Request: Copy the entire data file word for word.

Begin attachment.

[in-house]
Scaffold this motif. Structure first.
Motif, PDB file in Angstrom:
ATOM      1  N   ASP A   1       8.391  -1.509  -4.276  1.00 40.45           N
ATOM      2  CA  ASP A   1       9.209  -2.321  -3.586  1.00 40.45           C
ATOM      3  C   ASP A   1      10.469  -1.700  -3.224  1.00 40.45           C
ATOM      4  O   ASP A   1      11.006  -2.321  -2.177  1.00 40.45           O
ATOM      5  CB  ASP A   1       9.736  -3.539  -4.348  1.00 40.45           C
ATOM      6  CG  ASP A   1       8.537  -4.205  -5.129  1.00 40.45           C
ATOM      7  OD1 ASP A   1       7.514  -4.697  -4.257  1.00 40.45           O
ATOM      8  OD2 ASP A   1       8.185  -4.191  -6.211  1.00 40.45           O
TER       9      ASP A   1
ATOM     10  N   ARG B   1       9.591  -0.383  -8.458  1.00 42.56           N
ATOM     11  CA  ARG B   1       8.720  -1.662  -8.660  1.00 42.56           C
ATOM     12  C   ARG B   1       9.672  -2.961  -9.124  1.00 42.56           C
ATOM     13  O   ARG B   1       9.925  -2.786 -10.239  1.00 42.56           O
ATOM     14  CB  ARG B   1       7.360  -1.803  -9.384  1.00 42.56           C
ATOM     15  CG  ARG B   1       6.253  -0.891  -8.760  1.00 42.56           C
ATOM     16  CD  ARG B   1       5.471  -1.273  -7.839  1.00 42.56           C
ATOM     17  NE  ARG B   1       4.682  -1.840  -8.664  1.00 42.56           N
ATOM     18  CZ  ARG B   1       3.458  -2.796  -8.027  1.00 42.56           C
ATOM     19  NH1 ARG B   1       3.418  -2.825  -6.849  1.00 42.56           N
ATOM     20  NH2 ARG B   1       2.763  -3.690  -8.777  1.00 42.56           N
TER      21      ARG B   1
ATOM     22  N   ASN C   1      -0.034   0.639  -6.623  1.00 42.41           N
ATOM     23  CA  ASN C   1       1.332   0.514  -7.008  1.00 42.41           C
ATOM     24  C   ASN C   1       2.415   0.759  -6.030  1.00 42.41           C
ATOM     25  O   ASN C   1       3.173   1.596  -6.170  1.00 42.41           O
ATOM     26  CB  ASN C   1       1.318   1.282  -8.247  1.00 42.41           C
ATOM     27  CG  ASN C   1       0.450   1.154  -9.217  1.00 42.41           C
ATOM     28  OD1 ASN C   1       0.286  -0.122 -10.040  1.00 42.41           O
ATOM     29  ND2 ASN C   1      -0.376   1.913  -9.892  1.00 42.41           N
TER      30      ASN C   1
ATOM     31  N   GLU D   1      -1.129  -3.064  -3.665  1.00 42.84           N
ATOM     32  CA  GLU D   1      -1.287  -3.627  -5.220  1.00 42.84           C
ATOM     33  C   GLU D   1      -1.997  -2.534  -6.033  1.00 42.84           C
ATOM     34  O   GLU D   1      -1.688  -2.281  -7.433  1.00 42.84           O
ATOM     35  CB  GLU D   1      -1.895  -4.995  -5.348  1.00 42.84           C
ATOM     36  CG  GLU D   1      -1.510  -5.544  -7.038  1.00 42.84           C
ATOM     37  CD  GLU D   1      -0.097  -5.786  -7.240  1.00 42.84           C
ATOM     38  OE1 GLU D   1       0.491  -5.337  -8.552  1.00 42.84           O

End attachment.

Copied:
[in-house]
Scaffold this motif. Structure first.
Motif, PDB file in Angstrom:
ATOM      1  N   ASP A   1       8.391  -1.509  -4.276  1.00 40.45           N
ATOM      2  CA  ASP A   1       9.209  -2.321  -3.586  1.00 40.45           C
ATOM      3  C   ASP A   1      10.469  -1.700  -3.224  1.00 40.45           C
ATOM      4  O   ASP A   1      11.006  -2.321  -2.177  1.00 40.45           O
ATOM      5  CB  ASP A   1       9.736  -3.539  -4.348  1.00 40.45           C
ATOM      6  CG  ASP A   1       8.537  -4.205  -5.129  1.00 40.45           C
ATOM      7  OD1 ASP A   1       7.514  -4.697  -4.257  1.00 40.45           O
ATOM      8  OD2 ASP A   1       8.185  -4.191  -6.211  1.00 40.45           O
TER       9      ASP A   1
ATOM     10  N   ARG B   1       9.591  -0.383  -8.458  1.00 42.56           N
ATOM     11  CA  ARG B   1       8.720  -1.662  -8.660  1.00 42.56           C
ATOM     12  C   ARG B   1       9.672  -2.961  -9.124  1.00 42.56           C
ATOM     13  O   ARG B   1       9.925  -2.786 -10.239  1.00 42.56           O
ATOM     14  CB  ARG B   1       7.360  -1.803  -9.384  1.00 42.56           C
ATOM     15  CG  ARG B   1       6.253  -0.891  -8.760  1.00 42.56           C
ATOM     16  CD  ARG B   1       5.471  -1.273  -7.839  1.00 42.56           C
ATOM     17  NE  ARG B   1       4.682  -1.840  -8.664  1.00 42.56           N
ATOM     18  CZ  ARG B   1       3.458  -2.796  -8.027  1.00 42.56           C
ATOM     19  NH1 ARG B   1       3.418  -2.825  -6.849  1.00 42.56           N
ATOM     20  NH2 ARG B   1       2.763  -3.690  -8.777  1.00 42.56           N
TER      21      ARG B   1
ATOM     22  N   ASN C   1      -0.034   0.639  -6.623  1.00 42.41           N
ATOM     23  CA  ASN C   1       1.332   0.514  -7.008  1.00 42.41           C
ATOM     24  C   ASN C   1       2.415   0.759  -6.030  1.00 42.41           C
ATOM     25  O   ASN C   1       3.173   1.596  -6.170  1.00 42.41           O
ATOM     26  CB  ASN C   1       1.318   1.282  -8.247  1.00 42.41           C
ATOM     27  CG  ASN C   1       0.450   1.154  -9.217  1.00 42.41           C
ATOM     28  OD1 ASN C   1       0.286  -0.122 -10.040  1.00 42.41           O
ATOM     29  ND2 ASN C   1      -0.376   1.913  -9.892  1.00 42.41           N
TER      30      ASN C   1
ATOM     31  N   GLU D   1      -1.129  -3.064  -3.665  1.00 42.84           N
ATOM     32  CA  GLU D   1      -1.287  -3.627  -5.220  1.00 42.84           C
ATOM     33  C   GLU D   1      -1.997  -2.534  -6.033  1.00 42.84           C
ATOM     34  O   GLU D   1      -1.688  -2.281  -7.433  1.00 42.84           O
ATOM     35  CB  GLU D   1      -1.895  -4.995  -5.348  1.00 42.84           C
ATOM     36  CG  GLU D   1      -1.510  -5.544  -7.038  1.00 42.84           C
ATOM     37  CD  GLU D   1      -0.097  -5.786  -7.240  1.00 42.84           C
ATOM     38  OE1 GLU D   1       0.491  -5.337  -8.552  1.00 42.84           O